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Telemedicine

Telly
Jason Todd with the ReSET Telemedicine system

Rural territories in the United States continue to experience a shortage of neurologists and physicians experienced in the use of "clot-busting" medications. Fortunately, new technologies using high quality video and voice information in both directions from the stroke specialist to the location of the patient experiencing stroke symptoms allows safe and reliable diagnosis and treatment with tPA. Teleradiology – the remote review of brain scan images – is an important part of this decision-making.

Neurologists are 10 times more likely to make the correct treatment decision when using telemedicine and the use of telemedicine increases the use of and decreases the time to starting stroke treatment. The use of Telemedicine is now part of the stroke management guidelines.

TIME IS BRAIN

Telemedicine was already used in Parkview hospitals to assist in the management of intensive care patients. The Fort Wayne Neurological Center (FWNC) and Parkview Hospital started providing remote stroke consultation and treatment at the Parkview community hospitals in March of 2007 using the InTouch RP-7 robots.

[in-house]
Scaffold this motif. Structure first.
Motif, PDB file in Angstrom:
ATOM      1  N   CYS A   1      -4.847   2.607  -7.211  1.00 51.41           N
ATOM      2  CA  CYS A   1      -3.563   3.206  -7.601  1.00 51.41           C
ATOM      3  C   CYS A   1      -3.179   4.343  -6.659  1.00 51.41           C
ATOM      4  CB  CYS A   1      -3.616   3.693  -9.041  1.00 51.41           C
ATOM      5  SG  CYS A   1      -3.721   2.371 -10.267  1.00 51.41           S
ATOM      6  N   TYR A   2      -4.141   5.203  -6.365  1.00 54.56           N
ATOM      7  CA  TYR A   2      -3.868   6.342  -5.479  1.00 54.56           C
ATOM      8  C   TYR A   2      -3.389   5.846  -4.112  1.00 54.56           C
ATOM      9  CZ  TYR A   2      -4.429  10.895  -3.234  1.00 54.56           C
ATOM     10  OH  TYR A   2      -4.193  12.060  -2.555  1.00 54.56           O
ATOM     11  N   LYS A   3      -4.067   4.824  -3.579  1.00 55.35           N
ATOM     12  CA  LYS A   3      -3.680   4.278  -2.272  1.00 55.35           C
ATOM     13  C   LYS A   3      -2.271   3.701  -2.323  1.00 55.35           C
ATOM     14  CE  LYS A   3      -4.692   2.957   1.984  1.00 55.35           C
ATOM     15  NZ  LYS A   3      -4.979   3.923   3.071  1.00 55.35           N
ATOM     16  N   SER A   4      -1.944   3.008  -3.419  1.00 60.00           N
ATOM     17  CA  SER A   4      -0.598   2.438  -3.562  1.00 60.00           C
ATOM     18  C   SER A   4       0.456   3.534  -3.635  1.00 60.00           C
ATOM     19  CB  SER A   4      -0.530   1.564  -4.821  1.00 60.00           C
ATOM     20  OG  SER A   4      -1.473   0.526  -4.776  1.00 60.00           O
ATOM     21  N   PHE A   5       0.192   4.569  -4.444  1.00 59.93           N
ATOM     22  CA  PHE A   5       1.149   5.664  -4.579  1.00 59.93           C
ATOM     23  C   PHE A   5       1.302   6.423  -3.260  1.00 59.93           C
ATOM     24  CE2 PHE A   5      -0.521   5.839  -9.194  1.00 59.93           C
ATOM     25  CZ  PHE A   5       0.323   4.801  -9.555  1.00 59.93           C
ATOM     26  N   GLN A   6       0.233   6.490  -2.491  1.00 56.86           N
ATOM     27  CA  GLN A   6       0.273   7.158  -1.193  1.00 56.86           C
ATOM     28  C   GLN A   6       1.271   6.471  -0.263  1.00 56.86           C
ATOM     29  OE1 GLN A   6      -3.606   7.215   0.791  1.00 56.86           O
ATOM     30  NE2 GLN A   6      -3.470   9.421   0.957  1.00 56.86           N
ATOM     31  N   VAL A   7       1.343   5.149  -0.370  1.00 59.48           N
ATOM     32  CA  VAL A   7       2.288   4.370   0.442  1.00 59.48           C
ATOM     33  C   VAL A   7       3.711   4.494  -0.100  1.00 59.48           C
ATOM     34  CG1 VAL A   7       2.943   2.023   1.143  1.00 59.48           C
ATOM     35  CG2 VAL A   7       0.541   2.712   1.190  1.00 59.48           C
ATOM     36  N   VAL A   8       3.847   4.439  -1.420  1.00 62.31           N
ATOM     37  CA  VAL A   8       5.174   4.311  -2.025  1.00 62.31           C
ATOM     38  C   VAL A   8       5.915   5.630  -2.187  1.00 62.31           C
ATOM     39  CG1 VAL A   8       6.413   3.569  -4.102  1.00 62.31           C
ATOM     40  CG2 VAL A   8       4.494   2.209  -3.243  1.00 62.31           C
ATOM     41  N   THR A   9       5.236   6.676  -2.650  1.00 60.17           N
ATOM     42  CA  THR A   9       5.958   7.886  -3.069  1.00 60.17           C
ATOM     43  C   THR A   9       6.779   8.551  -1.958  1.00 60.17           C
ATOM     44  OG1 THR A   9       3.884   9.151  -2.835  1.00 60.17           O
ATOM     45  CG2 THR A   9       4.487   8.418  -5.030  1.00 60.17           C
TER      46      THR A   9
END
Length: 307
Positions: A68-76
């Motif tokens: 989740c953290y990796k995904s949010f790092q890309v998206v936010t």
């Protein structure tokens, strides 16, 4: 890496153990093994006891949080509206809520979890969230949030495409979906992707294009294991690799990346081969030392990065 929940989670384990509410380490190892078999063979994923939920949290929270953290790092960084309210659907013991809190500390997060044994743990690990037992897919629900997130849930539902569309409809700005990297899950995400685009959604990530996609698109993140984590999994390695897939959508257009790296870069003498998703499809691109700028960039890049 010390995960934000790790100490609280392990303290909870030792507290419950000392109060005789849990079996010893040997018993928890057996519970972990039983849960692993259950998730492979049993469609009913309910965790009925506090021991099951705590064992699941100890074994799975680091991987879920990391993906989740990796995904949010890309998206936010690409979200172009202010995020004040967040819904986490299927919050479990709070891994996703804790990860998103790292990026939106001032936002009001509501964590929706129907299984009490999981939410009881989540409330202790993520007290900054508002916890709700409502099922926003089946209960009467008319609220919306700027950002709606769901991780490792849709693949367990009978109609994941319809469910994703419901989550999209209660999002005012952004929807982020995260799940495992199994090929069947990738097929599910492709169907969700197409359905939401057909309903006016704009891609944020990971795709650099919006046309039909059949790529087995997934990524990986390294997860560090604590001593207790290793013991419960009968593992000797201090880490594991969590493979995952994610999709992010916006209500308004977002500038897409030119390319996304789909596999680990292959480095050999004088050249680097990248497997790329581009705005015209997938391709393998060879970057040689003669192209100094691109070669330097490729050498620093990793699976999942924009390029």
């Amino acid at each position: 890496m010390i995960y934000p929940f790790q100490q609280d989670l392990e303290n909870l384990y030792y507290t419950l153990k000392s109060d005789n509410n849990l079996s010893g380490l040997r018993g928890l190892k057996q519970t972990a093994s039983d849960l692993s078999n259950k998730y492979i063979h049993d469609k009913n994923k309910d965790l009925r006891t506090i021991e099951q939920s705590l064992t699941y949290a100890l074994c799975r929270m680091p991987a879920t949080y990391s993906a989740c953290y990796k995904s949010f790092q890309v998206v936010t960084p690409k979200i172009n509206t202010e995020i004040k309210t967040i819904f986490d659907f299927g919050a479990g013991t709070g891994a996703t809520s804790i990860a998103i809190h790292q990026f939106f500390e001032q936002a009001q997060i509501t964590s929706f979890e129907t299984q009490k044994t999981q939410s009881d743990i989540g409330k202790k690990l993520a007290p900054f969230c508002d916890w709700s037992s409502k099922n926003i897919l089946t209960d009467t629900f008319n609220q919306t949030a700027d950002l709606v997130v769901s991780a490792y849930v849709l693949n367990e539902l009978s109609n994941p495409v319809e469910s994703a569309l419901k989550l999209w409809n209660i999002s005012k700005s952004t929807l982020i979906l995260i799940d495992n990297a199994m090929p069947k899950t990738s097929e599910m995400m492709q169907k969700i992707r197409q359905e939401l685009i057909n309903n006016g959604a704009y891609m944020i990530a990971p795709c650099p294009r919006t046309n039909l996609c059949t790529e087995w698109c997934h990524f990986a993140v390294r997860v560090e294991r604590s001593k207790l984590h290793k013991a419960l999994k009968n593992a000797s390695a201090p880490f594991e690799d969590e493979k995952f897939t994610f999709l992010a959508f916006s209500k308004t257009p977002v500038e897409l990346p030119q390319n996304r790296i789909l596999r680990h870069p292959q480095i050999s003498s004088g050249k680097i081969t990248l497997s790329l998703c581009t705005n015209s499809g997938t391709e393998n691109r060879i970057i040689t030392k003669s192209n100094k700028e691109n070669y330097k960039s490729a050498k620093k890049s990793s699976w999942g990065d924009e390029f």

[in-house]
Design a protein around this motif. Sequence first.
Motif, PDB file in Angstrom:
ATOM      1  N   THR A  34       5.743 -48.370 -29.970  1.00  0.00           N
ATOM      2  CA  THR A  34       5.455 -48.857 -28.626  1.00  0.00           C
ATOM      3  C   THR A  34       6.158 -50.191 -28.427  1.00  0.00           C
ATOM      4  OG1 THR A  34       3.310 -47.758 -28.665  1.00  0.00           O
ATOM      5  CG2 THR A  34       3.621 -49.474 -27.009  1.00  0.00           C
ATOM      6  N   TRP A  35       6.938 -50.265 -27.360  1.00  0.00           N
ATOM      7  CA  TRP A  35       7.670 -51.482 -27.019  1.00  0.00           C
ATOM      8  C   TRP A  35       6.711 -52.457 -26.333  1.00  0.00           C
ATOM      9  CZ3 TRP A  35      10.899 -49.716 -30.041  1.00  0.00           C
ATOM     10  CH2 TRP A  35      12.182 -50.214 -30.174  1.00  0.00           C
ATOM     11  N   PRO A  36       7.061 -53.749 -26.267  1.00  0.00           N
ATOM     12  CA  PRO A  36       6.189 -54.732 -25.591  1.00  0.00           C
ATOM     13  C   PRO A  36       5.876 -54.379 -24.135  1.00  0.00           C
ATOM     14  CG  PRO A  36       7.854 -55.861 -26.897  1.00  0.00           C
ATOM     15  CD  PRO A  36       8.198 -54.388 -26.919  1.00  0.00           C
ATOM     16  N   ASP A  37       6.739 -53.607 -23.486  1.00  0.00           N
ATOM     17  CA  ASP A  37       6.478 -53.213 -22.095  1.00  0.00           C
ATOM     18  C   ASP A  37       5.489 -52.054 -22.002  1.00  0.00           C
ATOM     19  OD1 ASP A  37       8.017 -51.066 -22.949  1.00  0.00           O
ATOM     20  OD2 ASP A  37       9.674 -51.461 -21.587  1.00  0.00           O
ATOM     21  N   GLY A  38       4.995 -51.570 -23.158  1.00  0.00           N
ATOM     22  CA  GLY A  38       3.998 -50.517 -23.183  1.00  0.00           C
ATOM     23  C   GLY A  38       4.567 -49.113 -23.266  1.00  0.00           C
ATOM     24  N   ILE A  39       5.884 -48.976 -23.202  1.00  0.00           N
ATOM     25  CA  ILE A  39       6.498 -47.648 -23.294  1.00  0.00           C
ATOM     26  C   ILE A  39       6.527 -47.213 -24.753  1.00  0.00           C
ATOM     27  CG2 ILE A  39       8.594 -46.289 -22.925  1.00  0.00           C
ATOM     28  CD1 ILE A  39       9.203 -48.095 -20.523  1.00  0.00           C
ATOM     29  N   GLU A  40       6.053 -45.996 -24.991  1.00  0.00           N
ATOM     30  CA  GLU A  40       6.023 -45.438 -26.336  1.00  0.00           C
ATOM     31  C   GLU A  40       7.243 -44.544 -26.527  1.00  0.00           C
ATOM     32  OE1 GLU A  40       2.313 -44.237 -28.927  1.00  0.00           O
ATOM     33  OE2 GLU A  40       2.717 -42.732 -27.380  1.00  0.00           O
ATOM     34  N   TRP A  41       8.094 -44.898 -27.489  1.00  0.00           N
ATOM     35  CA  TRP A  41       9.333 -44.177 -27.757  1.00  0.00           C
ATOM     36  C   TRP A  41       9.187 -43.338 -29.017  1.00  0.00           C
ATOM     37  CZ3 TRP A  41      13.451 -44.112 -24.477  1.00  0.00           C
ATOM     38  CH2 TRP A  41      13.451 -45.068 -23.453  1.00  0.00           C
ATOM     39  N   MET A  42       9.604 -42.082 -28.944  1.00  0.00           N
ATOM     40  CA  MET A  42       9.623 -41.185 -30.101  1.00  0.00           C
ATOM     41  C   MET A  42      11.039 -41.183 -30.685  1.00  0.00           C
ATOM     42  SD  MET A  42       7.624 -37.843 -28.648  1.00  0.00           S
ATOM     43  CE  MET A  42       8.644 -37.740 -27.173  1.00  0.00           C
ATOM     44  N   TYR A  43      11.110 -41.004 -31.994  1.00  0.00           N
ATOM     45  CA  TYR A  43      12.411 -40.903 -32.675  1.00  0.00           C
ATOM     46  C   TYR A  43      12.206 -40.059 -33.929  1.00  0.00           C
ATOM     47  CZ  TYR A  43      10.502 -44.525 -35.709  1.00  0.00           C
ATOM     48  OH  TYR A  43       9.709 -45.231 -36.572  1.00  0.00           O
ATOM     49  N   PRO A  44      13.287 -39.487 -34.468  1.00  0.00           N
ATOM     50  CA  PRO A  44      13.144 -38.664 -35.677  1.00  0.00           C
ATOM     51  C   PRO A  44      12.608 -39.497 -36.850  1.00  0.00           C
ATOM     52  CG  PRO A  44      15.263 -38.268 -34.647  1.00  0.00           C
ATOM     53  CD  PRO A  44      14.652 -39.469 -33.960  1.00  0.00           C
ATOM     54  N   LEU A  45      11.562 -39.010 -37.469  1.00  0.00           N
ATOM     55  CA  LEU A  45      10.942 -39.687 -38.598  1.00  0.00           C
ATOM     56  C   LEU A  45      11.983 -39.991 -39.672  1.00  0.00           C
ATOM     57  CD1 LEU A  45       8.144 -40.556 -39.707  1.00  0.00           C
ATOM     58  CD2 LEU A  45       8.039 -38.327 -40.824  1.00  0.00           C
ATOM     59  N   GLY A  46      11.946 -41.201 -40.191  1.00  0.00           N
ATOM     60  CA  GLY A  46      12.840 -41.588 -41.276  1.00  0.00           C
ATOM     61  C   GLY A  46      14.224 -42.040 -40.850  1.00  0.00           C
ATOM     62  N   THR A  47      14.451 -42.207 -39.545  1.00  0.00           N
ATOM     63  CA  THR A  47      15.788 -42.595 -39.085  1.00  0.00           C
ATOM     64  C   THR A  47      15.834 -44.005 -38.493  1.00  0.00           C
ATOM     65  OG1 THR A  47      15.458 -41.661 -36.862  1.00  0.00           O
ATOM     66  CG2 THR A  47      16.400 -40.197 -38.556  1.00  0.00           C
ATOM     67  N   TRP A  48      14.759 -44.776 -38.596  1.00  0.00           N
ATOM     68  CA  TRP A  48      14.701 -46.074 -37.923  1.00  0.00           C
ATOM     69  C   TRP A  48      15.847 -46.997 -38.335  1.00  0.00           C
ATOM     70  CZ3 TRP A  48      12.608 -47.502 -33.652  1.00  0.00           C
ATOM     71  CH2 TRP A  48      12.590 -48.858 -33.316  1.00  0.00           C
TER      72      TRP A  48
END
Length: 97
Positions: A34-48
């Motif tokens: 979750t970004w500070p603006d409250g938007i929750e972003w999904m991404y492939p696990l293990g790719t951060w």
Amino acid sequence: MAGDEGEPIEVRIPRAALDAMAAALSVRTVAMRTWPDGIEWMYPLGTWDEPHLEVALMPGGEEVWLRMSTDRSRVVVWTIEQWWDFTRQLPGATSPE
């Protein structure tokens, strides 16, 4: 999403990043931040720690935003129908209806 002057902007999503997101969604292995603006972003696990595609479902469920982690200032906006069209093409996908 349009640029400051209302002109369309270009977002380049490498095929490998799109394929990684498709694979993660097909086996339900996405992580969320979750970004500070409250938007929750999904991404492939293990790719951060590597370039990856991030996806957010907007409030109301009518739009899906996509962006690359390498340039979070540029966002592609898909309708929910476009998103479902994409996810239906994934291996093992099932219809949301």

RP-7 robot
InTouch RP-7 robot

While this approach was very effective, it quickly became apparent that it was difficult to convince regional hospitals to participate because of the high cost of these robots.

In order to expand the availability of stroke telemedicine, Jason Todd from the Parkview IT department and former FWNC NeuroInterventionalist, Dr. Nils Mueller, designed a more cost-effective, non-commercial Telemedicine system called ReSET (Remote Stroke Evaluation Tool). With this tool, the physicians of the FWNC have been able to offer remote stroke treatment at all hospitals participating in the StrokeCareNow Network, thereby greatly improving stroke patients' access to effective treatment

This technology and the close cooperation of the hospitals brokered by the network also helps us to quickly identify patients who may benefit from treatment options beyond the intravenous thrombolysis available in their regional hospital, and to transfer them efficiently to Fort Wayne for intra-arterial stroke therapy and cutting-edge research protocols.